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Wonderful! Sounds very much like the Malaysian Rendang except that the Malaysian one has added dry-fried grated coconut towards the end of cooking time. I do wonder what the Salam leaves are, though. Tip for those trying it for the first time: If the Rendang gets dry before the beef is tender, just add a bit of water. (You can also reduce the amount of coconut milk if it's too 'strong' for you.)

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RotiJala November 23, 2008

I won't give this a star rating since I don't think that would be fair on you. This smelled amazing when I first started cooking it, but eventually a lot of flavours just disappeared and while this was still nice, it wasn't great. I don't think there was enough meat for 4-6 people and I did put extra in. It was cooking for a long time on low heat as suggested and the sauce had hardly reduced, so you will see from my picture that mine was still very runny. Aside from the qty of meat written, I have to allow for my own technique and ingredients, some of which I had to go with the powdered version of (this may have impacted flavour). Overall, I'd like to try this again when I can get my hands on the ingredients as written, but with a lot more meat and see if it works out better next time. I'd appreciate it if step 3 could provide a bit more detail regarding approximate cooking times at that point.<br/><br/>All the best and I hope others are better at cooking Indonesian than I am :)<br/><br/>Edit: I froze what I had made and reheated, was a lot nicer the next day, so those of you with a lot of success will be in for a real treat.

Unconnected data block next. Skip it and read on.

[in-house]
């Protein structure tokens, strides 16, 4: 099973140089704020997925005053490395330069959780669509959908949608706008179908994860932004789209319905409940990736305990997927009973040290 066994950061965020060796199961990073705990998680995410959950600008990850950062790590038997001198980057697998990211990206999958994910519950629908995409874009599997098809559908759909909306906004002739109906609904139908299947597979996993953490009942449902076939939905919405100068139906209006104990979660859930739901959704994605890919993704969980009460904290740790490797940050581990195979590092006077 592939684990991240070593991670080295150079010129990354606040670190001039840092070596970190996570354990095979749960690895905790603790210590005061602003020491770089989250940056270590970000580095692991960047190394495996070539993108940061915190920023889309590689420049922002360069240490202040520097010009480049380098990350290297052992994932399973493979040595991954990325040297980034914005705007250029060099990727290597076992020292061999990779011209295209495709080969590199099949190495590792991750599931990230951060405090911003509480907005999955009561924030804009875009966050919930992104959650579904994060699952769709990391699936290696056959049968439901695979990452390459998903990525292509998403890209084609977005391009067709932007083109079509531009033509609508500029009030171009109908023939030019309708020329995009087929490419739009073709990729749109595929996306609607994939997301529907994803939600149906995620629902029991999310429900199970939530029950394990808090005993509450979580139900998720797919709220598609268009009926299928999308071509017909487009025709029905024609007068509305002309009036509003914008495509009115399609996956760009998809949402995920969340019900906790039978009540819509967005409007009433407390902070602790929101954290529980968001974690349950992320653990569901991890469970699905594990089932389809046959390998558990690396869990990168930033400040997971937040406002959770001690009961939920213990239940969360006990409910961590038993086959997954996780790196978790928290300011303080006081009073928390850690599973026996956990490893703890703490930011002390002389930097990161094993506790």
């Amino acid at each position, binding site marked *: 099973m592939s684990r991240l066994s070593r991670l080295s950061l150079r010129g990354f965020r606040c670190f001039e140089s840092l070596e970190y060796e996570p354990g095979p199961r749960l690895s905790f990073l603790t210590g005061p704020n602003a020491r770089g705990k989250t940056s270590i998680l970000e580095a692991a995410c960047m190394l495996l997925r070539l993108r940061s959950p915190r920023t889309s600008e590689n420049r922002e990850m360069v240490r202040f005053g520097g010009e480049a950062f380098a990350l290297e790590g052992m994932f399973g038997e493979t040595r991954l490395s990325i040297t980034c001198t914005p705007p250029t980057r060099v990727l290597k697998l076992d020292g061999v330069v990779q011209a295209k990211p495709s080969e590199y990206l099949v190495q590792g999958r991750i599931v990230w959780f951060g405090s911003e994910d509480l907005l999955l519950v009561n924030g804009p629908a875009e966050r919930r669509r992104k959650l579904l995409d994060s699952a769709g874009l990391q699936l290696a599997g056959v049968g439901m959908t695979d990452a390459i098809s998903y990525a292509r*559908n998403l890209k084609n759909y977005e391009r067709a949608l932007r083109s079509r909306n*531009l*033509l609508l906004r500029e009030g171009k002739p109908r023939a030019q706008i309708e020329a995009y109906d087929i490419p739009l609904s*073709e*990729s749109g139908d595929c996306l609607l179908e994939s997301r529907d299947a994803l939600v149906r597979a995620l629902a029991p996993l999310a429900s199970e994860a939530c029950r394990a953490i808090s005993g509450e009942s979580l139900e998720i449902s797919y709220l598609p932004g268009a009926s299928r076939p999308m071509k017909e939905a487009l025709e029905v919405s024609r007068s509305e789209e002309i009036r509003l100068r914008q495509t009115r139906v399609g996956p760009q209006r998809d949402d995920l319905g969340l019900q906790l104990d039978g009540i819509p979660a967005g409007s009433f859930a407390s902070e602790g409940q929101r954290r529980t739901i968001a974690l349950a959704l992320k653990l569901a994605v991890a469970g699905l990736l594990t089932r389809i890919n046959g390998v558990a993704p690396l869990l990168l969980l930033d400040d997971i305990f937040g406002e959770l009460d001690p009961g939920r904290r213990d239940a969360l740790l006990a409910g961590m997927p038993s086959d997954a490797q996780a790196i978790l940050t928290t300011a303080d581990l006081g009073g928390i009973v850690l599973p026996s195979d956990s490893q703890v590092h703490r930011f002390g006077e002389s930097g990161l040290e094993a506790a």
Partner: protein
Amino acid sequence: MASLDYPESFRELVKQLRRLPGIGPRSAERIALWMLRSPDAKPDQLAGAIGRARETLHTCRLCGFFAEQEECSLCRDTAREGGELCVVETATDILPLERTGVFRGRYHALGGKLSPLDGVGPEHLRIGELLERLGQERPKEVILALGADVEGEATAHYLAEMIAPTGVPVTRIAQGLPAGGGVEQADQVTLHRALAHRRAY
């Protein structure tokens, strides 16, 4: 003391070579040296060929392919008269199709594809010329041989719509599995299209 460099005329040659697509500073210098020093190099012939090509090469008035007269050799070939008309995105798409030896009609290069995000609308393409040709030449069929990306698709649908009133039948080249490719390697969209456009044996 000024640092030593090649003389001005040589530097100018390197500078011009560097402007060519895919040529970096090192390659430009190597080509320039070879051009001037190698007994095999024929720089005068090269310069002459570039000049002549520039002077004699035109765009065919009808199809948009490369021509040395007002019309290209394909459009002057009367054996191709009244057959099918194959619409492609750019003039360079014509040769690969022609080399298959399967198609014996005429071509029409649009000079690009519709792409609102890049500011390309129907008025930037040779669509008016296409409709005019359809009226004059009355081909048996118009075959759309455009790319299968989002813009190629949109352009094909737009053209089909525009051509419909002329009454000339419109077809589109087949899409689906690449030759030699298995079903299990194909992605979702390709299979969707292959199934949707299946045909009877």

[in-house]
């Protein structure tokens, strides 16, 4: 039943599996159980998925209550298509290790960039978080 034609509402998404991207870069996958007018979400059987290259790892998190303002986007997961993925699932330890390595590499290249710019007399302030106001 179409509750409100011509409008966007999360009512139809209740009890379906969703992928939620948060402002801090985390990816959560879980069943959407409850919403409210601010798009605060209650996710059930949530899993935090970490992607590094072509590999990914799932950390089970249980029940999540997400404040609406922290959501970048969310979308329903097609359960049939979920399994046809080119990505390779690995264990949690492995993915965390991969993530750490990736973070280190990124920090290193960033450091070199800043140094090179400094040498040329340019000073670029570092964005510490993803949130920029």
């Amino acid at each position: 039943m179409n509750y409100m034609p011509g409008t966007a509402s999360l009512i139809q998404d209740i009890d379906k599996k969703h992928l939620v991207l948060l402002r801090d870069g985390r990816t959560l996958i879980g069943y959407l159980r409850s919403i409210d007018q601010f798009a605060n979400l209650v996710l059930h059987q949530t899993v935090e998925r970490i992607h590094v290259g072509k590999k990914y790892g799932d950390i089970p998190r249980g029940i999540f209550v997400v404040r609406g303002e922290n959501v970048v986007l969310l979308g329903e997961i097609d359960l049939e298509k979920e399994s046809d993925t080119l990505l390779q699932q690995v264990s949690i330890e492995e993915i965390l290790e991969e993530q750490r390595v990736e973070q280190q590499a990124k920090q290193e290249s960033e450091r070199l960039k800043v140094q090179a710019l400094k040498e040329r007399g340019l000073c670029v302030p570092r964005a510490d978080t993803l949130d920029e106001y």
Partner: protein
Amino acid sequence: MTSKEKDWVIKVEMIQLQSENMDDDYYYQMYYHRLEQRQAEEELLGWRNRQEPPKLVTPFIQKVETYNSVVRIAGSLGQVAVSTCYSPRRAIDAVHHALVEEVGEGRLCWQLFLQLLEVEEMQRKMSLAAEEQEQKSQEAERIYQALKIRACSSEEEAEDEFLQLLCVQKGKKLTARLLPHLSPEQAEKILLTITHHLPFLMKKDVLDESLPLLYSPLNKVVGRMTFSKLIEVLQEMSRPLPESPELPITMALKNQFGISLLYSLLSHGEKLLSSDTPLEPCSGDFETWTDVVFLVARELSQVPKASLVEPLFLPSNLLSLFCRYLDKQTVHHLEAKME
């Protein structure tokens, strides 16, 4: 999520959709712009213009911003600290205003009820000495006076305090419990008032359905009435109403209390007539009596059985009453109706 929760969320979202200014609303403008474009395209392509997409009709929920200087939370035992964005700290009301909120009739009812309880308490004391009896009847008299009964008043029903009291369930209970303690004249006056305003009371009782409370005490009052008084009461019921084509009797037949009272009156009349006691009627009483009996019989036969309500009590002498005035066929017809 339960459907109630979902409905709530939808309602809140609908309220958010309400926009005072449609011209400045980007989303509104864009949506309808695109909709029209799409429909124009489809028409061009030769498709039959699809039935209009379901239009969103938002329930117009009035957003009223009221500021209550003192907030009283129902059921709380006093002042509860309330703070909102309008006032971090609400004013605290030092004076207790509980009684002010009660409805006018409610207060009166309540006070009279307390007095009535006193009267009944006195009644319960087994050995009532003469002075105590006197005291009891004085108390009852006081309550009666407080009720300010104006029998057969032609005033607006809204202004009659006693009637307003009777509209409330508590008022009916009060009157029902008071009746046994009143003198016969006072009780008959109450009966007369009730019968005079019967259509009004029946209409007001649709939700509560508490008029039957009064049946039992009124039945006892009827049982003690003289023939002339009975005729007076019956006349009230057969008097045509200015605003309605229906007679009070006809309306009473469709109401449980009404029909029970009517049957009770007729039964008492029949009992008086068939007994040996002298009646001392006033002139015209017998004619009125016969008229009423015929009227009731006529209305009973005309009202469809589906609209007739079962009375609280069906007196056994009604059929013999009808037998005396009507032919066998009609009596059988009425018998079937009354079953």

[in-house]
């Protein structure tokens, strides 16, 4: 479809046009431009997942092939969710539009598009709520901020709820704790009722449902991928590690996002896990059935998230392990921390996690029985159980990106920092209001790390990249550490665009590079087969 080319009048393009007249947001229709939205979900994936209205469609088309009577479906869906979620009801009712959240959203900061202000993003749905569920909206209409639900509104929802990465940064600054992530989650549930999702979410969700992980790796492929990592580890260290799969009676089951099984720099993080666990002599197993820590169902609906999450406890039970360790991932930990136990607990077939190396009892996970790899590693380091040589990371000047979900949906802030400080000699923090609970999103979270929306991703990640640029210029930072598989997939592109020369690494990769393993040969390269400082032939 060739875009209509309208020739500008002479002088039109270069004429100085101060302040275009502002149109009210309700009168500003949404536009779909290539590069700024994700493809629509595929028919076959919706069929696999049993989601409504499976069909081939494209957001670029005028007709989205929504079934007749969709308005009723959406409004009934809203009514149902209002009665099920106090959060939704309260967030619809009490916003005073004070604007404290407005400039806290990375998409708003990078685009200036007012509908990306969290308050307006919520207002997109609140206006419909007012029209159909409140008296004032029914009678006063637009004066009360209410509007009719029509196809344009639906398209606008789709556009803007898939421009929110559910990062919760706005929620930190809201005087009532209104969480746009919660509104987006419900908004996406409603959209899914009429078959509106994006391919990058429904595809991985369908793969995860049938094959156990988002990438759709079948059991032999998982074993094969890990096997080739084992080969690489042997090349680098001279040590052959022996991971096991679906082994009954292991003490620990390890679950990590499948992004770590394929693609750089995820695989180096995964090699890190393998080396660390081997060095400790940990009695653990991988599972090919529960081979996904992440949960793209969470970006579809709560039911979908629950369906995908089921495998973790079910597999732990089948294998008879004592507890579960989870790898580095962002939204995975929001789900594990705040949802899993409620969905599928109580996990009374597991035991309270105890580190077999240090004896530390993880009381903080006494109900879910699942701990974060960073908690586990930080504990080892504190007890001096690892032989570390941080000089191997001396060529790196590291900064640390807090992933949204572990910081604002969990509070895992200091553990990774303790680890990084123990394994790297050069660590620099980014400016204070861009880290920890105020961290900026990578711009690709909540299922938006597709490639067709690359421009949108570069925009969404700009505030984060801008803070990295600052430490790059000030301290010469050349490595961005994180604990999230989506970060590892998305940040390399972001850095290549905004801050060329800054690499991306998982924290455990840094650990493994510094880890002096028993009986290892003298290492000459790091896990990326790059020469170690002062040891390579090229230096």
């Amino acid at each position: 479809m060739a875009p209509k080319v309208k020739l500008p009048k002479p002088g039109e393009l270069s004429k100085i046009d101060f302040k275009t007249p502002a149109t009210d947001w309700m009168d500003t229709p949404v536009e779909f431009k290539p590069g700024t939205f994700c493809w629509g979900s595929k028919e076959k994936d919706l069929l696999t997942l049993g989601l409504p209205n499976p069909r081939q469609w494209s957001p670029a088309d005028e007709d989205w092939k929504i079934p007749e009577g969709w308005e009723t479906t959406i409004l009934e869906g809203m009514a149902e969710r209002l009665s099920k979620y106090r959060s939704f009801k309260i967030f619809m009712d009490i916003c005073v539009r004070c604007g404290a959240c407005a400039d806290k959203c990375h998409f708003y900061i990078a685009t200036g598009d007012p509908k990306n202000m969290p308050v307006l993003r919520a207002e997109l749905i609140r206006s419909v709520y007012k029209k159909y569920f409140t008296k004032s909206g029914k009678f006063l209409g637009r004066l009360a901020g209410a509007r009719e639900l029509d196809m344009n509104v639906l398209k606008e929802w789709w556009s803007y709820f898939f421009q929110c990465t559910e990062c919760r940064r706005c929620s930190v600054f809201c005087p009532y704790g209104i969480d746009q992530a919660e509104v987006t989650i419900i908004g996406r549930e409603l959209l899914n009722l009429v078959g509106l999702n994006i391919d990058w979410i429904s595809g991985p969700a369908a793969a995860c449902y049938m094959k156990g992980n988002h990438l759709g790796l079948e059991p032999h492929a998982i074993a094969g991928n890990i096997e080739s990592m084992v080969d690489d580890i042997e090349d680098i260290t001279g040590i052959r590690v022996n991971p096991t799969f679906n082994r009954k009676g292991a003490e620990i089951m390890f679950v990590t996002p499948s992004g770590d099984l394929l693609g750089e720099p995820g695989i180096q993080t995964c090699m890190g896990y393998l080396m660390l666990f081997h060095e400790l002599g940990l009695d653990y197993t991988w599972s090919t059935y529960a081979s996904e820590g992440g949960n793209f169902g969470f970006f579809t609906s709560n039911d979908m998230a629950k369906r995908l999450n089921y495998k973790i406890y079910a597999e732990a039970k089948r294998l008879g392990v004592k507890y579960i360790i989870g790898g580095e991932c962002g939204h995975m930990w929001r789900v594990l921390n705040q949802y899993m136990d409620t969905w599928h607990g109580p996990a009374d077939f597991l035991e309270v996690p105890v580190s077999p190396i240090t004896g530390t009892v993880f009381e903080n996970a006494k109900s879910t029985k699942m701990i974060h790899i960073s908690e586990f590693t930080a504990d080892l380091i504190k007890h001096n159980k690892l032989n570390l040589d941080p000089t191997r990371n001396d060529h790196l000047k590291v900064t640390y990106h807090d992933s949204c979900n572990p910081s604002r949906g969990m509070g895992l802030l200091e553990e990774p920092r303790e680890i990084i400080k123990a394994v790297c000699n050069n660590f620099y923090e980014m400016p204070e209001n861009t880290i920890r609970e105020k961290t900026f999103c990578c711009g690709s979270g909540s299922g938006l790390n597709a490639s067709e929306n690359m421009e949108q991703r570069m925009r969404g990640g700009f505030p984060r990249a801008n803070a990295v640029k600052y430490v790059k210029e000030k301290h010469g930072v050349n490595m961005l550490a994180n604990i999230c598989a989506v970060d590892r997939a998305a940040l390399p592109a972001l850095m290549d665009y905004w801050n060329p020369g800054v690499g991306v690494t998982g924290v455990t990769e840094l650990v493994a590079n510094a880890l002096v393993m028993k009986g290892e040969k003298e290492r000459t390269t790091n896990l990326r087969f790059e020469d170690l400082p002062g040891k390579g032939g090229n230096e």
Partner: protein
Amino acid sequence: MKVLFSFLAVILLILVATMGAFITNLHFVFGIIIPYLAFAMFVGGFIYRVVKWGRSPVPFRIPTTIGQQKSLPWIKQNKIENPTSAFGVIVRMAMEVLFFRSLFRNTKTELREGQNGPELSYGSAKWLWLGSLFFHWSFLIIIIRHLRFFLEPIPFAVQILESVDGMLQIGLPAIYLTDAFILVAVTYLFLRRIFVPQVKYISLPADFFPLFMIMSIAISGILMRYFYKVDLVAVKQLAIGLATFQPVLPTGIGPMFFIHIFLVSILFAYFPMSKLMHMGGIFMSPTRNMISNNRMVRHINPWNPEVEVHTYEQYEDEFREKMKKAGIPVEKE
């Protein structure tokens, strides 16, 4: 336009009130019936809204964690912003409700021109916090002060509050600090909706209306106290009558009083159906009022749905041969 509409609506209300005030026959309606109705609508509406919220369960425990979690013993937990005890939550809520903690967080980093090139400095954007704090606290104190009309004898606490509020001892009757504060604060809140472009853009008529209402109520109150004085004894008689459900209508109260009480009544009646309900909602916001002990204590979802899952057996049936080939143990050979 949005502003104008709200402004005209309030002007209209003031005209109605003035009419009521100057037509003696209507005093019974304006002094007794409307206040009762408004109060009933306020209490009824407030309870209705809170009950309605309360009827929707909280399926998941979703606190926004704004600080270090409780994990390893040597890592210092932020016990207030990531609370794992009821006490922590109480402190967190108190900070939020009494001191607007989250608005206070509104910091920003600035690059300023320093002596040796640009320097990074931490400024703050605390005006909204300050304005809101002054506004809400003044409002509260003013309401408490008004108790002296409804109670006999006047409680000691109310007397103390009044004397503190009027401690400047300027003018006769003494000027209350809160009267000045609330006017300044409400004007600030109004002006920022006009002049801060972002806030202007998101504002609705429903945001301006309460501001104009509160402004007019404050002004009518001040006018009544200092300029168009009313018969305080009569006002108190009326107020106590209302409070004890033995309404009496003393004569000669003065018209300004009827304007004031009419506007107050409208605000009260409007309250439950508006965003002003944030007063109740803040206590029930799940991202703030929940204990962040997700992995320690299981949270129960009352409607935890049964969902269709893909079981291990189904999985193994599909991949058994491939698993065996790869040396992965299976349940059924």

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Satyne March 18, 2013
Indonesian Beef Rendang (Rendang Sapi)